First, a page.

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    2. Thank you, Janet !! I've found a Weck-distributor in France. And, concerning my "translation", may be is it inconvenient and does it borrow/annoy you. Don't hesitate to tell it to me

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    3. NEVER! You will never annoy me giving me French translation. Don't ever stop. How else am I going to learn French? I should move to France. That would be the BEST way to learn and study French. I'm so glad you found Weck jars. I love them.

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    4. Yes ! Come to here ! Viens : je t'attends !!! ��

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    5. I'm dying! I'd love to come, but you might have to wait a while. I really want to visit France with my daughters who both studied in Paris during their college years. I'm saving$$

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    6. How funny : we are saving to come and spend holidays in the States !!! ����

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  3. Hi, Janet! It's great to see you having so much fun with this!!

    We don't have a lot of variety of good quality mustards, so homemade is quite common. I don't have a mill at home, so I have to toast the seeds (stovetop) before to put them in the mortar, that way the little things don't fly to the neighbor's house ;) Besides it adds a nice nutty flavor.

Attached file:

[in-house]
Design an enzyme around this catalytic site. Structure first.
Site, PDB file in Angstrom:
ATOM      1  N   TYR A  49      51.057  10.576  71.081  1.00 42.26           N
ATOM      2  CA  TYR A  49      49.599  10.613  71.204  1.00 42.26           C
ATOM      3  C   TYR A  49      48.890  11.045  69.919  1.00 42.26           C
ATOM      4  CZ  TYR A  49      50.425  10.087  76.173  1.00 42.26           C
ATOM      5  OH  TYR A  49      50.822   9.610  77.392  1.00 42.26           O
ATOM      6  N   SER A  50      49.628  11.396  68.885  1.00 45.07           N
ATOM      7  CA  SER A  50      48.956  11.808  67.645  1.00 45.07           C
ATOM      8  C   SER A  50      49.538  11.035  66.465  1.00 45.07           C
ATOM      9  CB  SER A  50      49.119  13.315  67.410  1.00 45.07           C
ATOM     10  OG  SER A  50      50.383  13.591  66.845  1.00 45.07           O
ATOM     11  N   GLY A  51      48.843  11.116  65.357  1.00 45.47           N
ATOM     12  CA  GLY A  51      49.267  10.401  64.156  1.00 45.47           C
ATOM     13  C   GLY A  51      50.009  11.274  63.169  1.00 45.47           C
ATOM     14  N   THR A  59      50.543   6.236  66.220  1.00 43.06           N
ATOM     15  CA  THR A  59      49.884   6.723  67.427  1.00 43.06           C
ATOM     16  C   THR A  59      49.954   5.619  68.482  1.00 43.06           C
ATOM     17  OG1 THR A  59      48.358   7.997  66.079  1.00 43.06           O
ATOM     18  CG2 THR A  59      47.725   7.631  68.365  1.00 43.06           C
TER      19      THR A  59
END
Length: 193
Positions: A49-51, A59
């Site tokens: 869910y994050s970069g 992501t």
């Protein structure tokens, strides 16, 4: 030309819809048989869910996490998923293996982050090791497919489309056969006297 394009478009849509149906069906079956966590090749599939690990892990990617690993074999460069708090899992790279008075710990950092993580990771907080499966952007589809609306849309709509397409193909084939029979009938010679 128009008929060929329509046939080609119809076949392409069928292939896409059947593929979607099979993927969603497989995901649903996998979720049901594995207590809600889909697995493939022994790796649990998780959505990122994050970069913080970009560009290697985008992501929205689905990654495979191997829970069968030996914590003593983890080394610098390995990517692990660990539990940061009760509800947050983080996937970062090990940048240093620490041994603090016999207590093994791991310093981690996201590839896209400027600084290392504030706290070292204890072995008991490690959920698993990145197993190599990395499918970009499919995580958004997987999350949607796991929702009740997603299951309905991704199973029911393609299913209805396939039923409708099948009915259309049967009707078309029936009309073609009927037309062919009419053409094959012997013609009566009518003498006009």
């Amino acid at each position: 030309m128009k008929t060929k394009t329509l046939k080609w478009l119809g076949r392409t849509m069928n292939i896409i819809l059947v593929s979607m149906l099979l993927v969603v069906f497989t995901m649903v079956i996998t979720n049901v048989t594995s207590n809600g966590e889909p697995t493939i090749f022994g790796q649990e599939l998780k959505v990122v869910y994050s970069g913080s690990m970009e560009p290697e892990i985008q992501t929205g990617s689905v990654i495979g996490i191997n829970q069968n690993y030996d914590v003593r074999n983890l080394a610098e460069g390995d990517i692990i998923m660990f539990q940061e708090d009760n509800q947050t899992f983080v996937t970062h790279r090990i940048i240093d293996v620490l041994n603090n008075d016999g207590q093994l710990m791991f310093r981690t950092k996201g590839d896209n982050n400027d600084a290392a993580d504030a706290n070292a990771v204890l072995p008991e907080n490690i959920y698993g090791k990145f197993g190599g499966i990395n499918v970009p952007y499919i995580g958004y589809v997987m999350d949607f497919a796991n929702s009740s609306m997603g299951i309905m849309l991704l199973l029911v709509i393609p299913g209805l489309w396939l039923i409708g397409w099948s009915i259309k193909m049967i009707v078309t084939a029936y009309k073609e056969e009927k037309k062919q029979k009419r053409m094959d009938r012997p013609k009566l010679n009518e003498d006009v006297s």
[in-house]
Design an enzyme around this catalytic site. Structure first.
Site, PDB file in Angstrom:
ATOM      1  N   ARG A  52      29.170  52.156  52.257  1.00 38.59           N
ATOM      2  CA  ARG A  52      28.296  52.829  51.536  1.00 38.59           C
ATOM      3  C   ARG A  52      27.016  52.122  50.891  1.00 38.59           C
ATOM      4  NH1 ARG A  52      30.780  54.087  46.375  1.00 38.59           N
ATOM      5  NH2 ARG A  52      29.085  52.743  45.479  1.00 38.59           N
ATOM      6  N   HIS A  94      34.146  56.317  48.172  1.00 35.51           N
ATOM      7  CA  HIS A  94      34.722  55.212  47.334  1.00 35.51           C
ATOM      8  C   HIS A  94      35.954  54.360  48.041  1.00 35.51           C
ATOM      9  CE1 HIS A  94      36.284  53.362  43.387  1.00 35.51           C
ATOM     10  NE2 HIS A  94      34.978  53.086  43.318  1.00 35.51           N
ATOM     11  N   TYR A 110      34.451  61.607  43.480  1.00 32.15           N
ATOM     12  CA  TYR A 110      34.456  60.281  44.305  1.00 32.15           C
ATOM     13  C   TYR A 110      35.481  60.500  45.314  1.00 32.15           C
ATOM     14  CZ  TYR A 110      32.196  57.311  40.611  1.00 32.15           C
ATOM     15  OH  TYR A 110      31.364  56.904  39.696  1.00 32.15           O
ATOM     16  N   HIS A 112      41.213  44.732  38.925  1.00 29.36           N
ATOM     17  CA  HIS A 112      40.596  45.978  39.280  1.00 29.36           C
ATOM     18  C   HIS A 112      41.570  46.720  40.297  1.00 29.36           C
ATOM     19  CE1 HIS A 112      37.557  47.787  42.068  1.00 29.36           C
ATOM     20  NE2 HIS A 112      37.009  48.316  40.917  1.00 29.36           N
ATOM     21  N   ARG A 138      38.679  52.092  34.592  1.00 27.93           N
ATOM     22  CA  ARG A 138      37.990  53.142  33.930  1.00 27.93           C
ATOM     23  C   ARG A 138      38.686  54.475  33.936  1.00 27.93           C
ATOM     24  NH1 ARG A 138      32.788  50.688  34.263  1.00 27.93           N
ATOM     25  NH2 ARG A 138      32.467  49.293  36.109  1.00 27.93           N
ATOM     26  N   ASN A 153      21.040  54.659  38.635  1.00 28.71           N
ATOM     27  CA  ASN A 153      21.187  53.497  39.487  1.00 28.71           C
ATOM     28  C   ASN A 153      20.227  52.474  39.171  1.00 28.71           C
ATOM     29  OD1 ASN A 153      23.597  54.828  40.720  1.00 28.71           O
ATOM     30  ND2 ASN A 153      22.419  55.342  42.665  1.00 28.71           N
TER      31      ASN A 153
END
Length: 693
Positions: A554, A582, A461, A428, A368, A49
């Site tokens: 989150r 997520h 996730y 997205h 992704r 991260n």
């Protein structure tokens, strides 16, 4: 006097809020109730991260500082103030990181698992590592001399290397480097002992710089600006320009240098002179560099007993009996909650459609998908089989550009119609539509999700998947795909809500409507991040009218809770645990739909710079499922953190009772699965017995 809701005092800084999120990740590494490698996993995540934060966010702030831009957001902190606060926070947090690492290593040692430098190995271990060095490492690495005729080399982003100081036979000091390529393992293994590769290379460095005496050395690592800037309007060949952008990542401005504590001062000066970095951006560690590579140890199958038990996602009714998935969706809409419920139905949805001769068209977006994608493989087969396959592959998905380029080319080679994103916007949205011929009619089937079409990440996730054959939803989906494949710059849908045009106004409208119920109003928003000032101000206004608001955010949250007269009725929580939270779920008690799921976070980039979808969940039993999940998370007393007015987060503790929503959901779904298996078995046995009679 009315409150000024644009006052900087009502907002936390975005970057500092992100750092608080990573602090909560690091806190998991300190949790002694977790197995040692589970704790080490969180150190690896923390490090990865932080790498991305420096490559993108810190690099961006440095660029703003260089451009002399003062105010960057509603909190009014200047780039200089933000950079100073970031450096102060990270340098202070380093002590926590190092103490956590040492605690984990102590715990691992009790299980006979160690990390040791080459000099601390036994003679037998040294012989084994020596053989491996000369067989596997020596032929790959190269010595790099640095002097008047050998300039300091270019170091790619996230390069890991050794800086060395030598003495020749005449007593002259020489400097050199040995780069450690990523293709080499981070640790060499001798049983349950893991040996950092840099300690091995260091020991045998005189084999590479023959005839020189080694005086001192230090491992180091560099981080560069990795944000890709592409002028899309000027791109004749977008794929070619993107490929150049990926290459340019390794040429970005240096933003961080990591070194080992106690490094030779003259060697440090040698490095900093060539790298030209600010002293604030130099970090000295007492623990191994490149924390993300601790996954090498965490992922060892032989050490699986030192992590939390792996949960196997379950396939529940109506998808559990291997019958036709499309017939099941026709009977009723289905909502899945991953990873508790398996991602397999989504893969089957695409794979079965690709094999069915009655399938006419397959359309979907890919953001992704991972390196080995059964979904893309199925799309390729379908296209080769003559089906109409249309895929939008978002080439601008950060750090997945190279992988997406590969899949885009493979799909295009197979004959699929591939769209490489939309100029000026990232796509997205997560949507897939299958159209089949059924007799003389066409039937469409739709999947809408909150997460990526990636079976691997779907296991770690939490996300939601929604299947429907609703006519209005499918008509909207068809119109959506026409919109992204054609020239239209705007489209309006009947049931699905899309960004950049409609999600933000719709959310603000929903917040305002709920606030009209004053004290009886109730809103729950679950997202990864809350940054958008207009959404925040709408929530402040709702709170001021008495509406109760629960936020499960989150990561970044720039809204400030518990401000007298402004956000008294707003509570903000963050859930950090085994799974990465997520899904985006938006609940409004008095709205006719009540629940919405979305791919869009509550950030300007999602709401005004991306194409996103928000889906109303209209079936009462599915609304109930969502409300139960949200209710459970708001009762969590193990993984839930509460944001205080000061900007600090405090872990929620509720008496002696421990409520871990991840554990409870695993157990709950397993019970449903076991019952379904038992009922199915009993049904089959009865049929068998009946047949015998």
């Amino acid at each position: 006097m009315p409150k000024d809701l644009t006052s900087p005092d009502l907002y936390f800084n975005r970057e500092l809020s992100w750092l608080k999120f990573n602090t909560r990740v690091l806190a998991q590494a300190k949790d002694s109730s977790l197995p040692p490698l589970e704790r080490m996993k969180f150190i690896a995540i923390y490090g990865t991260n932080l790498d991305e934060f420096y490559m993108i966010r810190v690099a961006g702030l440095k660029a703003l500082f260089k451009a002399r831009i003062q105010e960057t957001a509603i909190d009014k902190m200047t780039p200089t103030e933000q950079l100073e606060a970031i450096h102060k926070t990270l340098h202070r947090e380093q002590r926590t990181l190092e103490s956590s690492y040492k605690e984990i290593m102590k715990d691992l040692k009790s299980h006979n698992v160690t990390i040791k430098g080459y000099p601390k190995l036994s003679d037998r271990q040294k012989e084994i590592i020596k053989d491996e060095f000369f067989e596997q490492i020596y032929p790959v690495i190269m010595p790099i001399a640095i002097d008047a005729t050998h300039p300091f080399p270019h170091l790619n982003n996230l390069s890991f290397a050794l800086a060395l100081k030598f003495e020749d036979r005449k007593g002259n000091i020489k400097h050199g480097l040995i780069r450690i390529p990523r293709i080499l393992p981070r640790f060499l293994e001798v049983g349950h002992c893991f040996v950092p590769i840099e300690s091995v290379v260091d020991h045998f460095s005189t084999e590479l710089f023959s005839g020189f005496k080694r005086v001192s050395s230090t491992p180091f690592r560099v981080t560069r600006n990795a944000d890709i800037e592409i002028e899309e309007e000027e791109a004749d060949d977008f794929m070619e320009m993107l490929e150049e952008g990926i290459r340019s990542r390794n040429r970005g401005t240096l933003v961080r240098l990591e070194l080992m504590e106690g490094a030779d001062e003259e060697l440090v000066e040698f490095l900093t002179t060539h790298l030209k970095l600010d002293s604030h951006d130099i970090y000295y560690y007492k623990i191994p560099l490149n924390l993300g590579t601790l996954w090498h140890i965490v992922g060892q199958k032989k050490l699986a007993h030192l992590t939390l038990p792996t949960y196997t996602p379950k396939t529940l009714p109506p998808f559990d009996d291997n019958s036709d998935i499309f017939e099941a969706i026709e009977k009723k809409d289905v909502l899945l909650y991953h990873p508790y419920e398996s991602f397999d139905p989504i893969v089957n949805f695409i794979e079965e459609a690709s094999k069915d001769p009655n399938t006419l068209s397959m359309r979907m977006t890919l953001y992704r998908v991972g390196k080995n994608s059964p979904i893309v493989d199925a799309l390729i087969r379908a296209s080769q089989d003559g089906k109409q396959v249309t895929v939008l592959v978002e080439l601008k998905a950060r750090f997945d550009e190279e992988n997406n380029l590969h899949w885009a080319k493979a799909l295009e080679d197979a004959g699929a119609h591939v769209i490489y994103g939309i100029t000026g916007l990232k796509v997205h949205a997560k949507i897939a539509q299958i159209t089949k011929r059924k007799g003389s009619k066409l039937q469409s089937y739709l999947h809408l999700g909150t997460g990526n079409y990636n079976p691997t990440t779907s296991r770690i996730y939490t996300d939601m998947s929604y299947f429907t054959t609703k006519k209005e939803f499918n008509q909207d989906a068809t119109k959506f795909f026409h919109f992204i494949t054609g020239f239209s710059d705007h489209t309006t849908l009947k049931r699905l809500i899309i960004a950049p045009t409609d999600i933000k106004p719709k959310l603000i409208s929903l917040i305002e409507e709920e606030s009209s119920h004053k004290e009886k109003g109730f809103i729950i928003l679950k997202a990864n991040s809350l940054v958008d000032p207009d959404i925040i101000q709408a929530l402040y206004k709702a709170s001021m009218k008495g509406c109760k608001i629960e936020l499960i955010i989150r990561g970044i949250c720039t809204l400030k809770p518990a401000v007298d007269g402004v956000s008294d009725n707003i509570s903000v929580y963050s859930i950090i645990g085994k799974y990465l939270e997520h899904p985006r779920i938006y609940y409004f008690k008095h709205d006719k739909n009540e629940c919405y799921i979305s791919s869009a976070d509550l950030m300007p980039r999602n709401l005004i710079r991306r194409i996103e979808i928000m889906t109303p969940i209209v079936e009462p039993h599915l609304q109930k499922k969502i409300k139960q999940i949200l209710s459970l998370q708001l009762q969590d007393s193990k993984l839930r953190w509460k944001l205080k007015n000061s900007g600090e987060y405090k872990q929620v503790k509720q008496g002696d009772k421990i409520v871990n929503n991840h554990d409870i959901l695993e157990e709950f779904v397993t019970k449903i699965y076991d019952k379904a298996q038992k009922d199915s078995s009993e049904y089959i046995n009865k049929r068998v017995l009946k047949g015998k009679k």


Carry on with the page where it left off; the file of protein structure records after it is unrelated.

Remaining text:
Right now I have in the pantry: the last bits of a white wine vinegar and tarragon mustard (75% yellow, 25% brown. SO good with eggs and chicken... I have to make some more); a spicy mustard (brown and black seeds) with pink and green pepper corns (usually for roasted beef and pork); and a smoked smooth mustard with muscovado sugar and apple cider vinegar (all time family&friend favourite).

    The apple butter mustard is awesome in grilled cheese sandwiches :)

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    1. Great ideas! When are your starting your own cooking blog???? You have some of the greatest ideas and recipes for food. I'd love to visit your kitchen. Thank you so much. I love the idea of toasting the mustard seeds. I'll will be doing that next time.